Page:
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Front Page » November 1, 2012 » Carbon County News » 2-term tradition bites the dust in election of 1940 "from...
Published 665 days ago

2-term tradition bites the dust in election of 1940 "from the Archives"


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By RICHARD SHAW
Sun Advocate publisher

If there was ever an historic election, the election of 1940 was it.

Franklin D. Roosevelt had been President of the United States since 1932, working through the worst years of the depression. He had battled back a challenge in the 1936 election to remain President.

In 1940, he was faced with a decision. Should he run for an unprecedented consecutive third term or should he allow someone else to take over an economy that was slowly improving and face an impending war effort that everyone but the most avid isolationist could see was coming.

Reportedly, early in the year he had made the decision not to run and told other potential Democratic candidates that they should look toward being nominated. However, this all changed in the spring when Roosevelt saw what was going on in Europe. The Nazi Army poured into France and drove the allied forces off the beaches of Dunkirk and onto the British Isles. That fall the Battle of Britain had begun. This and the fact that Democratic leaders feared that he was the only one who could keep the Republicans at bay sent his hat into the ring.

His opponent in the election was Wendell L. Willkie, and industrialist who had little government experience. He became the compromise candidate due to a fight for parts of the Republican party between Thomas Dewey of New York, Robert Taft of Ohio and Arthur Vandenberg of Michigan. All were strong in certain areas, but had some great weaknesses, too. This led to Willkie being the candidate to face Roosevelt. Willkie had been a strong critic of Roosevelt's economic policies and his plans to break up some industries as well as to put government in competition for electrical generation with the Tennessee Valley Authority.

Locally, the Sun Advocate reported for months about the upcoming campaign and the local and state offices that were open. Of statewide note was the candidacy of local man Reese M. Reese for State Auditor. In 1936, he had been elected the State Treasurer, the highest state office ever attained by a Carbon County citizen. So his run for the State Auditor's position was a surprise.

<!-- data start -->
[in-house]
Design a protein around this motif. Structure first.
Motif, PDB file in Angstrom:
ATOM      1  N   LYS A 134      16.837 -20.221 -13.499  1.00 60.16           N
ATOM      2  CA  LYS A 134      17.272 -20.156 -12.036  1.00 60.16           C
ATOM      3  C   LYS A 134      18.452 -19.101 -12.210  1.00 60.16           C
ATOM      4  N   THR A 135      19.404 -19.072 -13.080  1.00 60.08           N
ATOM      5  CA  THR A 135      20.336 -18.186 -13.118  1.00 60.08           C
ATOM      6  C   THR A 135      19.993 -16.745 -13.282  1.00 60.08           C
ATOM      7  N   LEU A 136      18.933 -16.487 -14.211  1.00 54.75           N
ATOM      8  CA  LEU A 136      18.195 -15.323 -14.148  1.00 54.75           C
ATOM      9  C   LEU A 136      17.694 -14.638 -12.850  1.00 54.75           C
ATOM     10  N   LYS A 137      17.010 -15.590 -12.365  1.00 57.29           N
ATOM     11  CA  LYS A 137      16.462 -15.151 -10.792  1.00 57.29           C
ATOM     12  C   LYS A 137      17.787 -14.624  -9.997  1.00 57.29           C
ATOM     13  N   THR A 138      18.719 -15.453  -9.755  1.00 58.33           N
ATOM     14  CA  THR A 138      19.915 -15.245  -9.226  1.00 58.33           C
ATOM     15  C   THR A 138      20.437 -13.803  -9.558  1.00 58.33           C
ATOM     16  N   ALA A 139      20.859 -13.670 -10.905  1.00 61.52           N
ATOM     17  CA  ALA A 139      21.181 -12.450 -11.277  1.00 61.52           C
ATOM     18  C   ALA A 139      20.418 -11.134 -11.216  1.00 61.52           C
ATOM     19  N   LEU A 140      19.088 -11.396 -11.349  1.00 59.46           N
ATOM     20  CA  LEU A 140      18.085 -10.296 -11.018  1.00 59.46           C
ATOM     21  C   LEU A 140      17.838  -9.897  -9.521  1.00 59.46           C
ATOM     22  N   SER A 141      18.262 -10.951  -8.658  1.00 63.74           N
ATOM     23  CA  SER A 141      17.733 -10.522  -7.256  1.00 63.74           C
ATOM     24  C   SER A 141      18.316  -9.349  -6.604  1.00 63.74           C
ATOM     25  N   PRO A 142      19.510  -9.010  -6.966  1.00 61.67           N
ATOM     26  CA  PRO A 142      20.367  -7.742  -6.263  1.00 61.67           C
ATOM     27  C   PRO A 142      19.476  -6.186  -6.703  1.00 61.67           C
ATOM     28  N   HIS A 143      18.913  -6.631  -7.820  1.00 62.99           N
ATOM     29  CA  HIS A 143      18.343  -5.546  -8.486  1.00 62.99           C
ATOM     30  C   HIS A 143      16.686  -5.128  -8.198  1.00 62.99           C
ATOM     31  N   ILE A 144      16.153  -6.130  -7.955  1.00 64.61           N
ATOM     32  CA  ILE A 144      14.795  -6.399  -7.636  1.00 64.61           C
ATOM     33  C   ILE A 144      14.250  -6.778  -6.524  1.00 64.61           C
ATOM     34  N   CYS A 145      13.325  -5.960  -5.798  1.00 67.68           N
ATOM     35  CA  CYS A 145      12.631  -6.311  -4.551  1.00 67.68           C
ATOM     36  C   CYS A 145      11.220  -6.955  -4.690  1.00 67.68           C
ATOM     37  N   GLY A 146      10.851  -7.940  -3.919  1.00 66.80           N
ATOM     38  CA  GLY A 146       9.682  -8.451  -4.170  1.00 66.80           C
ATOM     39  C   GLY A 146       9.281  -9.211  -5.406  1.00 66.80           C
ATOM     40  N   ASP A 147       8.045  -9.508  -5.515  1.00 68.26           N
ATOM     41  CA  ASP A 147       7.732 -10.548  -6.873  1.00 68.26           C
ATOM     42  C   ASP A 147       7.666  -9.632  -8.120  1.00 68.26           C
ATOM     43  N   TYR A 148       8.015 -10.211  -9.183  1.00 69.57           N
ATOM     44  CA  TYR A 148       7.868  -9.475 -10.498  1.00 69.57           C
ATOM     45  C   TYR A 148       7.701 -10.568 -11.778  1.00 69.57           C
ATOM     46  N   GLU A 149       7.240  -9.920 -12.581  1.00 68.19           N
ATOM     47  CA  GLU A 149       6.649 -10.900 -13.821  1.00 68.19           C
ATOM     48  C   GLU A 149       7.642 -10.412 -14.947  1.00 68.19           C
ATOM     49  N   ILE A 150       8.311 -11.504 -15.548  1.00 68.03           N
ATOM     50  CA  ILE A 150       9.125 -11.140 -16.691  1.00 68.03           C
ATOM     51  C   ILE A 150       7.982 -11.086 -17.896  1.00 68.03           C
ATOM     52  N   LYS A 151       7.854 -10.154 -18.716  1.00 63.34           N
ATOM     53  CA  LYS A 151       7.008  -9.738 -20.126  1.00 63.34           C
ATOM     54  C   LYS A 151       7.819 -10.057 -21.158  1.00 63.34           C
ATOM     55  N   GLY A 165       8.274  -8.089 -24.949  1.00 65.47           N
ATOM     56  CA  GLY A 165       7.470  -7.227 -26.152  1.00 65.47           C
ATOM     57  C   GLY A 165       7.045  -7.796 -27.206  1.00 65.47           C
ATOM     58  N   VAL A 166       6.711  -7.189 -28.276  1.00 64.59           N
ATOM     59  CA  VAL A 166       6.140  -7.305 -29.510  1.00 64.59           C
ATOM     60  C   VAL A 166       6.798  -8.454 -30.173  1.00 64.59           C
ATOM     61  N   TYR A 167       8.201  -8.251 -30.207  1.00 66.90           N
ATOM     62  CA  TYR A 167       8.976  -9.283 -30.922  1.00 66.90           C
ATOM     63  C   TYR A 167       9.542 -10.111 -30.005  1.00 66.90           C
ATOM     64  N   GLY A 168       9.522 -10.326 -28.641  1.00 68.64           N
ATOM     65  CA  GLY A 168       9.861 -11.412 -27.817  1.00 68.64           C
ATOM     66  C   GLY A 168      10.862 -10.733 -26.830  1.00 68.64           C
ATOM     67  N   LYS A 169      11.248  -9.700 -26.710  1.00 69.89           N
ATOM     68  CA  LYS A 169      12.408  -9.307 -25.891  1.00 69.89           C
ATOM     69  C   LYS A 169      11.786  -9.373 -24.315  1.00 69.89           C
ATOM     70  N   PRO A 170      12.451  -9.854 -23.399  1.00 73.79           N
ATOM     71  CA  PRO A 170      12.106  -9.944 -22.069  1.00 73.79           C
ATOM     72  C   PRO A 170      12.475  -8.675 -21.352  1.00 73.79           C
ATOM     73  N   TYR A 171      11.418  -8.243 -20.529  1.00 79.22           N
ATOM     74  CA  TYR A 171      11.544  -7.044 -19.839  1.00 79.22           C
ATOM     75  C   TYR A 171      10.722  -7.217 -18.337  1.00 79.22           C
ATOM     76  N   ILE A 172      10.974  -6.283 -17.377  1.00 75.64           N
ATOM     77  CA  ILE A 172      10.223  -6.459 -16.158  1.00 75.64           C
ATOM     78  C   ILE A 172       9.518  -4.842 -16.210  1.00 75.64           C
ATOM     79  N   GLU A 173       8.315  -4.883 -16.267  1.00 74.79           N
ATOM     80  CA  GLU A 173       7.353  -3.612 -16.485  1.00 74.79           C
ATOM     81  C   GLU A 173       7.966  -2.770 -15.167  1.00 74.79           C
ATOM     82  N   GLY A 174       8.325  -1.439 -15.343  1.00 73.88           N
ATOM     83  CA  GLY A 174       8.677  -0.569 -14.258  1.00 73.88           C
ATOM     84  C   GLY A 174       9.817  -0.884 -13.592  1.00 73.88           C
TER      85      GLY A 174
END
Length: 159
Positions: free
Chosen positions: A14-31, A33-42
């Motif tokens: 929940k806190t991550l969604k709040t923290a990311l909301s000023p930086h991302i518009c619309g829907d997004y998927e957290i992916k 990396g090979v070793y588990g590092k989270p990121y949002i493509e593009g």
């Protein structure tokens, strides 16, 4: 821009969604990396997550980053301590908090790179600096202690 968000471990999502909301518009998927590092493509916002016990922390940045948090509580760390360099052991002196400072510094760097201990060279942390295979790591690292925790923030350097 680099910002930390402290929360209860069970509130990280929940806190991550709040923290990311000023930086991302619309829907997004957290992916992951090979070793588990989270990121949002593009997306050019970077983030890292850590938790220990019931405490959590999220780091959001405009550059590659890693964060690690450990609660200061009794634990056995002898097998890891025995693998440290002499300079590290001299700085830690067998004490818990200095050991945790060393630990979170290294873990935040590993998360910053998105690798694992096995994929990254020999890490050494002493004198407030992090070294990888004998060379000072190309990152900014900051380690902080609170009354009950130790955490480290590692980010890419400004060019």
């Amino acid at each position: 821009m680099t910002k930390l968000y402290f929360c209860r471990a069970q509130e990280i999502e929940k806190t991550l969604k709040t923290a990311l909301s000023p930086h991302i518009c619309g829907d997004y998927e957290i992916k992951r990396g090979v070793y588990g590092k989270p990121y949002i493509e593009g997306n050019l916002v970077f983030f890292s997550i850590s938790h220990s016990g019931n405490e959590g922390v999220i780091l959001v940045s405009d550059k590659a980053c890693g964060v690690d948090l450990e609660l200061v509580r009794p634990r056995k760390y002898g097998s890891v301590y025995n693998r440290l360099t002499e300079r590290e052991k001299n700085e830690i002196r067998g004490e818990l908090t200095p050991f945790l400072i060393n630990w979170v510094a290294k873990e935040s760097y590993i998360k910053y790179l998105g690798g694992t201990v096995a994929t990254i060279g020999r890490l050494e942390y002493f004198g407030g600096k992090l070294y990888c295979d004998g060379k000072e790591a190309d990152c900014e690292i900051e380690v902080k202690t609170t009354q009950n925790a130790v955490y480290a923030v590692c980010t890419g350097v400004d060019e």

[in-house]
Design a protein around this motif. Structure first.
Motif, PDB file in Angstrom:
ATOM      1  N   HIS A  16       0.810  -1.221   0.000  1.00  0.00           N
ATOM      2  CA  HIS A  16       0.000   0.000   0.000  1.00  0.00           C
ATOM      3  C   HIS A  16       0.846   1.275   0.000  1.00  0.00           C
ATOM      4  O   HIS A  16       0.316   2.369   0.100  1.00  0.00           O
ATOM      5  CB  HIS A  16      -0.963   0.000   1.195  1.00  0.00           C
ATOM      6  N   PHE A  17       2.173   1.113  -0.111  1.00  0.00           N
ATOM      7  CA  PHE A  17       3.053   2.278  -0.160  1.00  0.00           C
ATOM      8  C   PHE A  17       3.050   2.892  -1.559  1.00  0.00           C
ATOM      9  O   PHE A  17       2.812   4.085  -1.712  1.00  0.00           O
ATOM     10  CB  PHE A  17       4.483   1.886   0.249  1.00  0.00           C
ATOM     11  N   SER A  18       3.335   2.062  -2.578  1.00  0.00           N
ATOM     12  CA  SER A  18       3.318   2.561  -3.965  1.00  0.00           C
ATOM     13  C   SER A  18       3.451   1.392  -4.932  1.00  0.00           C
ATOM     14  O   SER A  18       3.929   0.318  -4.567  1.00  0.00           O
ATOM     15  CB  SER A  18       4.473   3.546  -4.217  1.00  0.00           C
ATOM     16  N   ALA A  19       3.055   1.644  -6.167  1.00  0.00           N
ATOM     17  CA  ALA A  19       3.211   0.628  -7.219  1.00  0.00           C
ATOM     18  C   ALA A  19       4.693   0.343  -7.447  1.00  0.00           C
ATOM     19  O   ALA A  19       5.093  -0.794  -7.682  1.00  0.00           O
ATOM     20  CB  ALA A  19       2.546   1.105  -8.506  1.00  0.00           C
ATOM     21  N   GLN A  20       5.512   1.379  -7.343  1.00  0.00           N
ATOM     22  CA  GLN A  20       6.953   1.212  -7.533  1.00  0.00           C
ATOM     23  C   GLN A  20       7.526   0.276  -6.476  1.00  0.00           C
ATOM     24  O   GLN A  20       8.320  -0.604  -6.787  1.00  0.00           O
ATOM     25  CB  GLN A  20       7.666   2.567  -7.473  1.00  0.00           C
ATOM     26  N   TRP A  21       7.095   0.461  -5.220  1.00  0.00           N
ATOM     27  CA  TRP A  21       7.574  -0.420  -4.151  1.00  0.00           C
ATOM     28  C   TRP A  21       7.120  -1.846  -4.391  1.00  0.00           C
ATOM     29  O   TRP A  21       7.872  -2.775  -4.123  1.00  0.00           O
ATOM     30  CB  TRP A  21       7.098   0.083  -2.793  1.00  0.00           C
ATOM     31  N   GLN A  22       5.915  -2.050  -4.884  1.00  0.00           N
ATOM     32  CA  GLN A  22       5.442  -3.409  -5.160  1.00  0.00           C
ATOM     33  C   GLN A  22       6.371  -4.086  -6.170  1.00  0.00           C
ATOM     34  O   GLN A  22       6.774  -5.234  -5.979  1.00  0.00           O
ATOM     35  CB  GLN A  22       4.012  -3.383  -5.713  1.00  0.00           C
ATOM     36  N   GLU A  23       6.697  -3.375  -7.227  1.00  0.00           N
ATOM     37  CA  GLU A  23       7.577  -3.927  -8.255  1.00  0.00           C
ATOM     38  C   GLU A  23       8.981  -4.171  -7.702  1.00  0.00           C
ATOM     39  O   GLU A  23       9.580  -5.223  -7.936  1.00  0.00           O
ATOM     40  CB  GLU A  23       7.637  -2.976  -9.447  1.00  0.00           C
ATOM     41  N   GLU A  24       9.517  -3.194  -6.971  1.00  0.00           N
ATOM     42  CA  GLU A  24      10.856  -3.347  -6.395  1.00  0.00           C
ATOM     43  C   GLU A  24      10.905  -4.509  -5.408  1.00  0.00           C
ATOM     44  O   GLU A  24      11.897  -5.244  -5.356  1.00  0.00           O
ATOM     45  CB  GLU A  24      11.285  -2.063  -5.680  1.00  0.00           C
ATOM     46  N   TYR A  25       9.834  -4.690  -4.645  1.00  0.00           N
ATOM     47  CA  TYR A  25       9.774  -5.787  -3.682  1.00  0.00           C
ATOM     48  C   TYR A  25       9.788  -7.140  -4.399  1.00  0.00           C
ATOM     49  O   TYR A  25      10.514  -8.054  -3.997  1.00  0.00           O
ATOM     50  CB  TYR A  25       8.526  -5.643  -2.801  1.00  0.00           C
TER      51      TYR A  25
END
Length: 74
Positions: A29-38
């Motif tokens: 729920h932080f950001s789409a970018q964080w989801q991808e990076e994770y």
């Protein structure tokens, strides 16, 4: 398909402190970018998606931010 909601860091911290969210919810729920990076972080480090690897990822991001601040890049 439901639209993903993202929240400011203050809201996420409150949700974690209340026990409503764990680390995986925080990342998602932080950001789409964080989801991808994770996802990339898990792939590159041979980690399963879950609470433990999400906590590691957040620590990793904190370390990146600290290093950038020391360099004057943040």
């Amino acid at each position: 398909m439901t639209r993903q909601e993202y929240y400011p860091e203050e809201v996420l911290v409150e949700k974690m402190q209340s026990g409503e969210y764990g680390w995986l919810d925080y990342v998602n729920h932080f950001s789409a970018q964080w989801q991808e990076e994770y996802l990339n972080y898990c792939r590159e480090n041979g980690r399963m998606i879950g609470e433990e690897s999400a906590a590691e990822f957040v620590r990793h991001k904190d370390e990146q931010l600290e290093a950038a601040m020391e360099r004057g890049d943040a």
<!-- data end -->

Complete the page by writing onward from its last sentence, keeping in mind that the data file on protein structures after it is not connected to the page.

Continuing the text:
On election day the Democrats in the country again took many of the prizes home. Roosevelt defeated Willkie by five million popular votes nationwide and took the electoral college vote 449 to 82. Reese was also successful in his bid for the state position. Carbon county came out in big numbers for the local man and in Carbon alone the count was 5,637 to Republican Walter Day's 1,706 votes.

"Out of the avalanche of votes that were cast in Carbon County Tuesday came a clear mandate to the Democratic Party to 'carry on' for at least another two years," stated the Sun Advocate on Nov. 7. "The highest vote in the county's history was recorded, as approximately 7,400 citizens cast their ballots, 1,000 more than four years ago, the highest vote total up to that time."

The paper reported some interesting things went on during the election.

In Price the Chief of Police wore a pro-Willkie badge around town on election day as he interacted with people.

Marion Bliss, the standing Carbon County Sheriff, was elected once again, becoming the only Republican the be elected in the county during that election.

The Central Price voting district did not report its ballots until noon on the day after the election because the voting in that district was so heavy.

Some voters got mixed up on voting procedures and ended up voting for both candidates for president. This caused their ballots to be invalid.

Two Carbon County commission seats were up for grabs, too. At the time one of the seats on the commission was a two year term seat and the other two were four year seats. The two year seat was taken by "Bry" Miller over W.E. McIntire and the four year seat went to J. Orvel Peterson who beat out Bert Bunnell. The county attorney's job went to Edward Sheya.

It was an unprecedented election, one in which the country met trepidation about the future with bravery. While no one would say it, the war in Europe and Asia was on everyone's mind and many knew eventually the United States would be drawn into it in some way, at some time.



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